At the subsequent half-day sentencing hearing, both the state and the defense presented evidence and made arguments. The trial court found three aggravating circumstances: (1) that appellant had previously been convicted of other felonies in the United States involving the use or threat of violence to other persons, A.R.S. § 13-703(F)(2); (2) that in the commission of the offense, appellant knowingly created a grave risk of death to another person, namely Susan McCullough, A.R.S. § 13-703(F)(3); and (3) that appellant committed the offense as consideration for the receipt, or in expectation of the receipt, of something of pecuniary value, A.R.S. § 13-703(F)(5).
The trial court also failed to find any mitigating circumstances. Though the court found appellant mentally impaired, the court stated this impairment was not significant enough to constitute a mitigating circumstance. The court also refused to find appellant's old age or his commission of a felony murder to be mitigating circumstances. Thus, as there were three aggravating circumstances and no mitigating circumstances, the trial judge sentenced appellant to death.
INEFFECTIVE ASSISTANCE OF COUNSEL
Appellant raises two issues connected to the ineffective assistance of counsel claim. Appellant first argues that absent a stipulation preventing imposition of the death penalty, an attorney's recommendation to the accused to plead guilty, to plead no contest, or to submit the case to the trial court is per se ineffective assistance of counsel in violation of the sixth and fourteenth amendments to the United States Constitution.
In Arizona, convicted defendants have needed to prove two facts to succeed in an ineffectiveness of counsel claim: (1) that counsel lacked minimal competence, State v. Watson, 134 Ariz. 1, 653 P.2d 351 (1982); and (2) that counsel's deficient performance prejudiced the defense. State v. Lee, 142 Ariz. 210, 689 P.2d 153 (1984) (adopting second prong of test set out in Strickland v. Washington, ___ U.S. ___, 104 S.Ct. 2052, 80 L.Ed.2d 674 (1984)).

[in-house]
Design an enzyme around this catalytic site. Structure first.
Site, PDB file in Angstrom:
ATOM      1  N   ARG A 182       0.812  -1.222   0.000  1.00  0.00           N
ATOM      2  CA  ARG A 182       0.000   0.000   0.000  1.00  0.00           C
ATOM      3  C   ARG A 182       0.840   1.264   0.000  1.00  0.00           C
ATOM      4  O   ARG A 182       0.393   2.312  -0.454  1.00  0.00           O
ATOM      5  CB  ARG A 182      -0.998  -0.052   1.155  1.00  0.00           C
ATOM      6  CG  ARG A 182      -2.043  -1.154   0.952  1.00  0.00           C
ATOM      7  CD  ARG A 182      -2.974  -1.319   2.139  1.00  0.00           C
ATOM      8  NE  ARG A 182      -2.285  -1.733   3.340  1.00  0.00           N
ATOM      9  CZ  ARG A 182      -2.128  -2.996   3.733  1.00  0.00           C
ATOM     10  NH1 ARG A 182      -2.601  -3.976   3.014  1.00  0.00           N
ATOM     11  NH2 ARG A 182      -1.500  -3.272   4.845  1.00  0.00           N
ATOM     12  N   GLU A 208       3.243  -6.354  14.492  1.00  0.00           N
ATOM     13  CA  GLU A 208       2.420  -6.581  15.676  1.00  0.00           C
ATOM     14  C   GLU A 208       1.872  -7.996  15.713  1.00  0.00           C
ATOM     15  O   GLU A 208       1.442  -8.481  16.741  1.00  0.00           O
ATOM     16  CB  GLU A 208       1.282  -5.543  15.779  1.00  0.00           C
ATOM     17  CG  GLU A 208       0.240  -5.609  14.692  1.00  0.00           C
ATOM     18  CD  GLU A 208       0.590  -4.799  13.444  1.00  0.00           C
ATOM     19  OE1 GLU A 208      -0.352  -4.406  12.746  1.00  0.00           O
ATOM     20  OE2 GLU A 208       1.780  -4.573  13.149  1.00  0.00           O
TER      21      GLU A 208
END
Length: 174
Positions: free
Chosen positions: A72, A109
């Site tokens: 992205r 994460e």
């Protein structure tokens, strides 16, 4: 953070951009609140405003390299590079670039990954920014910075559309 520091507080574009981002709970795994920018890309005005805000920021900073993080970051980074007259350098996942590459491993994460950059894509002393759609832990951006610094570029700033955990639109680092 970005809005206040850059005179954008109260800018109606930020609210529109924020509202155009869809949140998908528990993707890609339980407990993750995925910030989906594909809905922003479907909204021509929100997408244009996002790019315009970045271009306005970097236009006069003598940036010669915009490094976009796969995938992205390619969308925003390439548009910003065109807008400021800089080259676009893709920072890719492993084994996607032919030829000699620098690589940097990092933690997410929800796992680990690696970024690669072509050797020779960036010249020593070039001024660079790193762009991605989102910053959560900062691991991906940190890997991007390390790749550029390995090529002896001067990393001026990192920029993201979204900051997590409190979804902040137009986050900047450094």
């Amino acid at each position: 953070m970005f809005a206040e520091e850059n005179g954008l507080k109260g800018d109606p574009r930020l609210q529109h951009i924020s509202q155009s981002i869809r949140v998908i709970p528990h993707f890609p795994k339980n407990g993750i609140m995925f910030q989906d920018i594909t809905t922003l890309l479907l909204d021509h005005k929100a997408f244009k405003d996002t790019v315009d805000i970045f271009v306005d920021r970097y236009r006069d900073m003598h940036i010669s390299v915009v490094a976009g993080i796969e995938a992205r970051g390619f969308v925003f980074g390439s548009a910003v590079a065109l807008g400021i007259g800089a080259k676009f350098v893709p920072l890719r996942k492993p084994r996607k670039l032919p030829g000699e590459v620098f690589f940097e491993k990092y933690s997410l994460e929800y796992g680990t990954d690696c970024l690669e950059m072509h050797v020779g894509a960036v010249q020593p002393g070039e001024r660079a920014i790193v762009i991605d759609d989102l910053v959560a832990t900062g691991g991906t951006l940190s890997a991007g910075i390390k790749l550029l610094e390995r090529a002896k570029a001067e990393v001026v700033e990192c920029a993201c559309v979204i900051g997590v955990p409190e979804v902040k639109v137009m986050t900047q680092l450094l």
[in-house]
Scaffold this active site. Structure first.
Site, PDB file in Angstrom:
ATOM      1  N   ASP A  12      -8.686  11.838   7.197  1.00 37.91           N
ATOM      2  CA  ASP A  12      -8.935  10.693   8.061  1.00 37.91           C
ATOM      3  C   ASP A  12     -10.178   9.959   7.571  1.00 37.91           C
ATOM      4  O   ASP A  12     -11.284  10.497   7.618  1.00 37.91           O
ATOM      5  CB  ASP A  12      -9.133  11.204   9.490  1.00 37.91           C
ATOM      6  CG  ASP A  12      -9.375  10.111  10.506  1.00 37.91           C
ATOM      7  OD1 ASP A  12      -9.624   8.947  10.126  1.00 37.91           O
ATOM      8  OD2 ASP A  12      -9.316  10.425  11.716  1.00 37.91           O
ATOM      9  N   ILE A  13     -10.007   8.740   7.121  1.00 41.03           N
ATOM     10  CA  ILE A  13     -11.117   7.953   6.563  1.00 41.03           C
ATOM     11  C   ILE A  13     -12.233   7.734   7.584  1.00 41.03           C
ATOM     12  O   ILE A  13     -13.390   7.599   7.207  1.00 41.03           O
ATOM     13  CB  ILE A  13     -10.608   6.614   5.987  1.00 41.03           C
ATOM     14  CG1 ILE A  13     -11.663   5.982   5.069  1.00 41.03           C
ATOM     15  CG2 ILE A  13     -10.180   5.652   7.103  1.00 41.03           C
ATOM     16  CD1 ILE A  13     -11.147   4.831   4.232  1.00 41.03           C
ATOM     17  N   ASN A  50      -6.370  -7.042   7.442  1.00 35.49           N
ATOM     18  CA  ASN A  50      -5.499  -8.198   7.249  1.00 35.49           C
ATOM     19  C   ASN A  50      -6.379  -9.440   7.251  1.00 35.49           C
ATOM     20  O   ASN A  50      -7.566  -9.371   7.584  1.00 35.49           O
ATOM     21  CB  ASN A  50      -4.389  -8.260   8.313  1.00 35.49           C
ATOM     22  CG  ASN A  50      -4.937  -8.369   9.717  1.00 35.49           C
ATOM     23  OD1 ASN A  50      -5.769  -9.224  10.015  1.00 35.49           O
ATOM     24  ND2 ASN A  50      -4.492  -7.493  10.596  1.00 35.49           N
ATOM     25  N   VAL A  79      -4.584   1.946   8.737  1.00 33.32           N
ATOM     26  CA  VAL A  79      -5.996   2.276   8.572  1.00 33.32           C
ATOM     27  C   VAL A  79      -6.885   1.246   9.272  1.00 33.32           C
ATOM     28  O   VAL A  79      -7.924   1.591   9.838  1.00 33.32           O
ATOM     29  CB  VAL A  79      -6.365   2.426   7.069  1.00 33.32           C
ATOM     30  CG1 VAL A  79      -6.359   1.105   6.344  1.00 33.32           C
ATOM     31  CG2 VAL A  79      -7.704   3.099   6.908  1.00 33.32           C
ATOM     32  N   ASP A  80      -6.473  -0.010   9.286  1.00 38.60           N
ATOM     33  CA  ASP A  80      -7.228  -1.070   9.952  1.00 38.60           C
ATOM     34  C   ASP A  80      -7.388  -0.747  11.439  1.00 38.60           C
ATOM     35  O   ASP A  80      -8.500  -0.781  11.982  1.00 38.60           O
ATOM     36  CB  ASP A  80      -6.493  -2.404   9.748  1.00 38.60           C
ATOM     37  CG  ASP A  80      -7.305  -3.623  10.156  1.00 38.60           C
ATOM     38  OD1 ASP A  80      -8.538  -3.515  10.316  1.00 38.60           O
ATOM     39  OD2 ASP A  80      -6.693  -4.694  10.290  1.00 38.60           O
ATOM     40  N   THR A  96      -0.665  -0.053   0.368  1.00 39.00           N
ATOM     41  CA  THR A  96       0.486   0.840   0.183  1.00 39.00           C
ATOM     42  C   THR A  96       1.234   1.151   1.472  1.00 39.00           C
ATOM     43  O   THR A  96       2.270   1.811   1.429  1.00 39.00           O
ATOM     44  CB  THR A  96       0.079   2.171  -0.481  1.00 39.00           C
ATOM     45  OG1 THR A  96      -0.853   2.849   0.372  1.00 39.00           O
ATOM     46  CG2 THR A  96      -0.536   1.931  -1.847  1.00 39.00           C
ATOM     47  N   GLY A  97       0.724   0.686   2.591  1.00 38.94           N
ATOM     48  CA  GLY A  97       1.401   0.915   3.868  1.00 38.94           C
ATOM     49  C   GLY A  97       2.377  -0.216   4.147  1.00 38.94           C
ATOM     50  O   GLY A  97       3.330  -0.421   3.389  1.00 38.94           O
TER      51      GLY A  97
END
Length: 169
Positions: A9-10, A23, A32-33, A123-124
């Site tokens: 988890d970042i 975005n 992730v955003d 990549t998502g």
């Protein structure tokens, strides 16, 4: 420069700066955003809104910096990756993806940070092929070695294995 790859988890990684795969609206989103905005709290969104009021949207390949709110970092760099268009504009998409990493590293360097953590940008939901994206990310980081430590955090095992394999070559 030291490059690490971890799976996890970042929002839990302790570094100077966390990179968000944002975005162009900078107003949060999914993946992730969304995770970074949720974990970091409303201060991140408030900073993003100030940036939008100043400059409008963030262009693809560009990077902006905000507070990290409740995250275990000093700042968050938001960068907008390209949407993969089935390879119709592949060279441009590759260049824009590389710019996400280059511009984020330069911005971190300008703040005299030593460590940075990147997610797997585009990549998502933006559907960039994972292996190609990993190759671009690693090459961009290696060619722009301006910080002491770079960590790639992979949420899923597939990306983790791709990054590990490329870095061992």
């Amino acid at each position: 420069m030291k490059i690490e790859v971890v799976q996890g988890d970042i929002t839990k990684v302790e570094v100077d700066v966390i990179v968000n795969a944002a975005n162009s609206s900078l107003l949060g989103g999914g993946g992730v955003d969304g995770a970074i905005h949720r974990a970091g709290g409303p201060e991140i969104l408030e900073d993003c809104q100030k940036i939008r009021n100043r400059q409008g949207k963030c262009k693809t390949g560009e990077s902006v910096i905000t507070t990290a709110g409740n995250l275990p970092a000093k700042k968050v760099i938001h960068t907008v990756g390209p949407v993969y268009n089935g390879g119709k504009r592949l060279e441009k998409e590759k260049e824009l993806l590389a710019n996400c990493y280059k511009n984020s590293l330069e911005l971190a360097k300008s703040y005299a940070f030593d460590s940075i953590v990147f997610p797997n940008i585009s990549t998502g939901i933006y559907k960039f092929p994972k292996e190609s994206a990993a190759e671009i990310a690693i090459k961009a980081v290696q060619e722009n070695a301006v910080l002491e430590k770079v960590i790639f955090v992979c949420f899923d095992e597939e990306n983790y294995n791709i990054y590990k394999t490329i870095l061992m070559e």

We believe, however, that the time has come to further develop our concept of effective assistance of counsel. In State v. Watson, supra, this Court rejected the "farce, sham, or mockery of justice" standard for determining counsel's ineffectiveness. At that time, we said the "farce standard was originally developed under the fifth amendment's due process clause, and thus this test focused upon the overall fairness of the proceeding." State v. Watson, supra, 134 Ariz. at 4, 653 P.2d at 354 (citations omitted). In contrast, in recent years courts recognized that "the sixth amendment's affirmative grant of the right to counsel is to be considered as a particular requirement of due process demanding consideration separate and apart from the general notion of overall fairness." Id.